The company was granted undisputed right to free trade in Bengal, Bihar and Orissa. It received the Zamindari of 24 Parganas. Mir Jafar, however, fell into arrears and was forced to abdicate in favor of his son-in-law Mir Qasim.

Mir Qasim : 1760-64

Mir Qasim ceded Burdwan, Midnapore and Chittagong. He shifted his capital from Murshidabad to Munger.Mir Qasim soon revolted as he was angry with the British for misusing the dastak (free duty passes).However, having been defeated by the British, he fled to Awadh, where he formed a confederacy with Awadh ruler Shujauddaula and Mughal emperor Shah Alam II.

The Battle of Buxar (1764): The three powers i.e. the Mughal Emperor Shah Alam II, Nawab of Awadh Suja-ud-daula and Nawab of Bengal Mir Qasim, were defeated by English under Munro. Mir Jafar was again placed on the throne.Clive concluded two separate treaties of Allahabad with Shah Alam II (12 Aug., 1765) and Shujauddaula (16 Aug., 1765).

The battles of Pallasey and Buxar changed the fate and nature of the English Company. From a mere trading entity it became a mighty political power in India. The vast resources of Bengal were now controlled by the company. This helped the company not only to eliminate its trading European rivals but also to establish a pan Indian Empire.  

Dual system of Government

After the Battle of Buxar, the Bengal underwent into a system of Dual government in 1765. This system was introduced by Clive. The Company acquired both Diwani (fiscal) and Nizamat (legal) rights.

The Empror Shah Alam II gave them Diwani rights by treaty of Allahabad and Nizam-ud-daula, the Nawab of Bengal surrendered the Nizamat rights after the defeat at Buxar.

However the company did not take over direct administration and revenue collection. As a result the company abstained itself from taking any responsibility. The Dual system was ended by Warren Hasting in 1772.

The conquest over Mysore

Mysore was one of the state which gave very tough resistance to the British power. Hyder Ali and his son Tipu Sultan carried the series of battles against the expansion of British power. Mysore was one of the state which realized the importance of foreign relations and tried to form a alliance against the British.

Haidar Ali: 1761-82

Haider Ali was born in a poor family. Haidar Ali began his carrer as a soldier in the service of the Mysore state, later he became the faujdar of Dindigul. He established a modern arsnel in Dindigul with the help of French.

In 1759, he defended the capital of Mysore, Seringapatnam against Marathas. In 1761, he overthrew Nanjarajar (the powerful Prime Minister of Wodeyar king Krishraja I) and usurped power, though continuing to recognize Krishnraja I as the lawful ruler.

He checked the power of Poligars, the zamindars of Mysore. Haider Ali was defeated by Maratha in 1764, 1766 and 1771.

First Anglo-Mysore War (1766-69): Haider Ali defeated the British. The Treaty of Madras (1769) was signed on the basis of mutual restoration of each other’s territory.

Second Anglo-Mysore War (1780-84): The outbreak of the American War of Independence caused Warren Hastings to attack French port Mahe, which was in Haidar Ali’s territory. Haider Ali led a joint front with Nizam and Maratha and captured Arcot (Capital of Carnatic State). In 1781, Haidar Ali was defeated at Porto Novo by Eyrecoot. In 1782 Haider Ali defeated Captian Braithwate. Haider Ali died during the 2nd Anglo-Mysore war.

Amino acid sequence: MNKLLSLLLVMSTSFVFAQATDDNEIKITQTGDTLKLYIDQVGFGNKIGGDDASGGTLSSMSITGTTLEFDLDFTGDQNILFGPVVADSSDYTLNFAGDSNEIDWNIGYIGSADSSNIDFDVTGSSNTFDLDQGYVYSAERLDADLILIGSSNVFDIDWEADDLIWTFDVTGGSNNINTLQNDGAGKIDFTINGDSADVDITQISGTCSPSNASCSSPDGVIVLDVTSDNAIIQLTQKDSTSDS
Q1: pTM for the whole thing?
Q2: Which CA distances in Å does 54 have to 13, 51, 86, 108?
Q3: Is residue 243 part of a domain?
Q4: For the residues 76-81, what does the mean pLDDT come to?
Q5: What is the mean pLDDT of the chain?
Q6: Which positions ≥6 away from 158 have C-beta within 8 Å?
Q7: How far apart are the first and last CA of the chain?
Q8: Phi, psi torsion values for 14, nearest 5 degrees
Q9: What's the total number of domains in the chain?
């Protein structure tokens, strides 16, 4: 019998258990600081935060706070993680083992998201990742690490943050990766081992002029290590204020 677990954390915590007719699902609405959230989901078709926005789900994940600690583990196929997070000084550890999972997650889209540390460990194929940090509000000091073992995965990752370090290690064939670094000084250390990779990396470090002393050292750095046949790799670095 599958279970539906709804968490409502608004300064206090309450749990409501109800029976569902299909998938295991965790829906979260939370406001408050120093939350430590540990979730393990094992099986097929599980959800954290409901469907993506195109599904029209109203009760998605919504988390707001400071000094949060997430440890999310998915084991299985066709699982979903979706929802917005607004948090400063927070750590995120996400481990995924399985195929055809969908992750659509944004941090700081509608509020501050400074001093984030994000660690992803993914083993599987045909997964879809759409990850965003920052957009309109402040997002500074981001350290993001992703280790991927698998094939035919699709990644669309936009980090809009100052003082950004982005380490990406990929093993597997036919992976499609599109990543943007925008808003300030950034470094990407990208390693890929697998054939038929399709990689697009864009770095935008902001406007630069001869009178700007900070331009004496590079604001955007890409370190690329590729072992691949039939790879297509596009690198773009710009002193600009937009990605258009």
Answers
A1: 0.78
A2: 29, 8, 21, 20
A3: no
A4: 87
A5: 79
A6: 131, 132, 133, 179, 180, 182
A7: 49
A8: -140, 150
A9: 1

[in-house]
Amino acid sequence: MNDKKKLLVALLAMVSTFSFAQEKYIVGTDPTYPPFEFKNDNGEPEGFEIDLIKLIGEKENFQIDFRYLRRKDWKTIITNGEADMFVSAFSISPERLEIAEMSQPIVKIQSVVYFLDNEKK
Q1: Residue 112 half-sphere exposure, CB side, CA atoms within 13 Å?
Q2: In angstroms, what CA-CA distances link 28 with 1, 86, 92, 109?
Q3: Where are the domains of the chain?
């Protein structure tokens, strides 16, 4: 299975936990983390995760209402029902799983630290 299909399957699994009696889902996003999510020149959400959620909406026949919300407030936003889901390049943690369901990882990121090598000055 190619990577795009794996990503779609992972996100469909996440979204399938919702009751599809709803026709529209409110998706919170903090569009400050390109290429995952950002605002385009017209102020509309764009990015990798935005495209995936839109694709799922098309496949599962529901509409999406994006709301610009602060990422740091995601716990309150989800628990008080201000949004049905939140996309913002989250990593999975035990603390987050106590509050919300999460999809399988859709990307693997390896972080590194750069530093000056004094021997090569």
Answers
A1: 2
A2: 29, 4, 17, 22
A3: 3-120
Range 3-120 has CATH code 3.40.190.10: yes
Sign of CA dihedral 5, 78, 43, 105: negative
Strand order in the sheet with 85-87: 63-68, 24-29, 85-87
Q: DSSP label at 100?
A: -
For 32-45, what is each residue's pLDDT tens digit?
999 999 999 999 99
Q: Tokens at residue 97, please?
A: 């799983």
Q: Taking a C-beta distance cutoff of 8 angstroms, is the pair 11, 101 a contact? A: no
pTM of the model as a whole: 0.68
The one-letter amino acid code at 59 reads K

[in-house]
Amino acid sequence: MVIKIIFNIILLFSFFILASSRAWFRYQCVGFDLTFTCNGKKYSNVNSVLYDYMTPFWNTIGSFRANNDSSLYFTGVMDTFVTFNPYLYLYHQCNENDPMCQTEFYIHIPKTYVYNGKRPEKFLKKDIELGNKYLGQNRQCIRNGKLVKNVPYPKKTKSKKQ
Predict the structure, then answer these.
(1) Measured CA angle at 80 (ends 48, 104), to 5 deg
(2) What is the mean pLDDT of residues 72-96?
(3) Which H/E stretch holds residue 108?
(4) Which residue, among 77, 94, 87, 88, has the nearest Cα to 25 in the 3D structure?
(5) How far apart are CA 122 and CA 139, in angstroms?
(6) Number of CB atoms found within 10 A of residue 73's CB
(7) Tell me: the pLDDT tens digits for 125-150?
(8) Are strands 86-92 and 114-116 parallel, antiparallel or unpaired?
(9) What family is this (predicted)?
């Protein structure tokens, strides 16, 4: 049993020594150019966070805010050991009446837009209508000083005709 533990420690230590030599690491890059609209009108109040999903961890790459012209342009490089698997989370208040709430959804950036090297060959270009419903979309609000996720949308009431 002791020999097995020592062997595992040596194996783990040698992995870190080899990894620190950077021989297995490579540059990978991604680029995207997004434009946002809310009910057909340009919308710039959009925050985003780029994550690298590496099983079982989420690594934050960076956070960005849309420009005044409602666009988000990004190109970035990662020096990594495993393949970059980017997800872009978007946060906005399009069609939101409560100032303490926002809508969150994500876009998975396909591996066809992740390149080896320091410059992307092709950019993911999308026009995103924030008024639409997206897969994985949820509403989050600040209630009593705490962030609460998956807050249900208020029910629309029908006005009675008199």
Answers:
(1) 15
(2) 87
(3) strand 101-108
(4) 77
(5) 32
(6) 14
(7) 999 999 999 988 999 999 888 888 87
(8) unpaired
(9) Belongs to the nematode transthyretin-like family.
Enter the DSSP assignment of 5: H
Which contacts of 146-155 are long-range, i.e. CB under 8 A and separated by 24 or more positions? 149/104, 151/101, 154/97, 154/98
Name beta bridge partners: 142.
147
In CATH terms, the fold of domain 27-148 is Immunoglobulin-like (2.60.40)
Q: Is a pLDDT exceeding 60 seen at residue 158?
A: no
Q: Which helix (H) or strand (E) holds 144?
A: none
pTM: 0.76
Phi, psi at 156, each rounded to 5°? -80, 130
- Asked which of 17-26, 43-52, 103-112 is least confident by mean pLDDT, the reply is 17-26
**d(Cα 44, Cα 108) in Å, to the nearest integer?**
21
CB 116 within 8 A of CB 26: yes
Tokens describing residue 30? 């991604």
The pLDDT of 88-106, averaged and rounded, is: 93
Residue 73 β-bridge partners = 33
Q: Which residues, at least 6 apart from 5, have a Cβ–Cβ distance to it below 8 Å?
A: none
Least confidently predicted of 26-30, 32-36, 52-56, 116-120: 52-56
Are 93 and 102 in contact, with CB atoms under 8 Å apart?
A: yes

Tipu Sultan

Haidar Ali was succeeded by his son Tipu Sultan in 1782.He continued the Second Anglo-Mysore war till 1784. The Treaty of Mangalore (1784) was signed by Tipu Sultan which ended the Second Anglo-Mysore war.

 Third Anglo-Mysore war (1790-92) Cornwallis began the war as an ally of the Raja of Travancore. Maratha and Nizam aided the British, Cornwallis captured Bangalore in 1791. The Treaty of Seringapatnam (1792) was signed as a result of that Tipu ceded half of his territory and had to pay heavy war indemnity.

 Fourth Anglo-Mysore war (1799): Tipu entered into negotiations with Revolutionary France and send diplomatic mission to Arabia, Afghanistan and Turkey to forge an anti British front. Tipu planted a ‘tree of liberty’ at his capital Seringapatnam and became a member of Jacobian Club. Lord Welslley attacked Mysore and Tipu was killed defending Seringapatnam. 

Anglo-Maratha wars

 First Anglo-Maratha War (1775-82): Favoring the cause of Raghunath Rao (Raghoba) for Peshwaship, English (Hastings) came in conflict with the Marathas. On being defeated, the British had to sign the humiliating Convention of Wadgaon (1779).

 British later signed Treaty of Salbai (1782), renouncing the cause of Raghoba.

 Second Anglo-Maratha war (1803-06): The Maratha Peshwa signed the Subsidiary Alliance Treaty of Bassein (1802). The Maratha confederacy, which did not like the idea challenged the British       power but were defeated by the British.

Third Anglo-Maratha war (1817-18): Lord Hastings was determined to proclaim British paramountcy in India. Hastings moves against Pindaris which questioned the sovereignty of the Maratha chiefs and the war began. The Marathas were decisively defeated.

Anglo Sikh wars

After the death of Maharaja Ranjit Singh, the Sikh power got weakened.

First Anglo-Sikh war (1845-46): Sikhs were defeated in all the four battles at Mudki, Ferozshah, Aliwal and Sobraon. The Treaty of Lahore (1846) ended the war. Sir Henry Lawerence became the first resident.

Second Anglo-Sikh war (1848-49): Dalhousie annexed Punjab. Sir John Lawerence became the first chief commissioner of Punjab.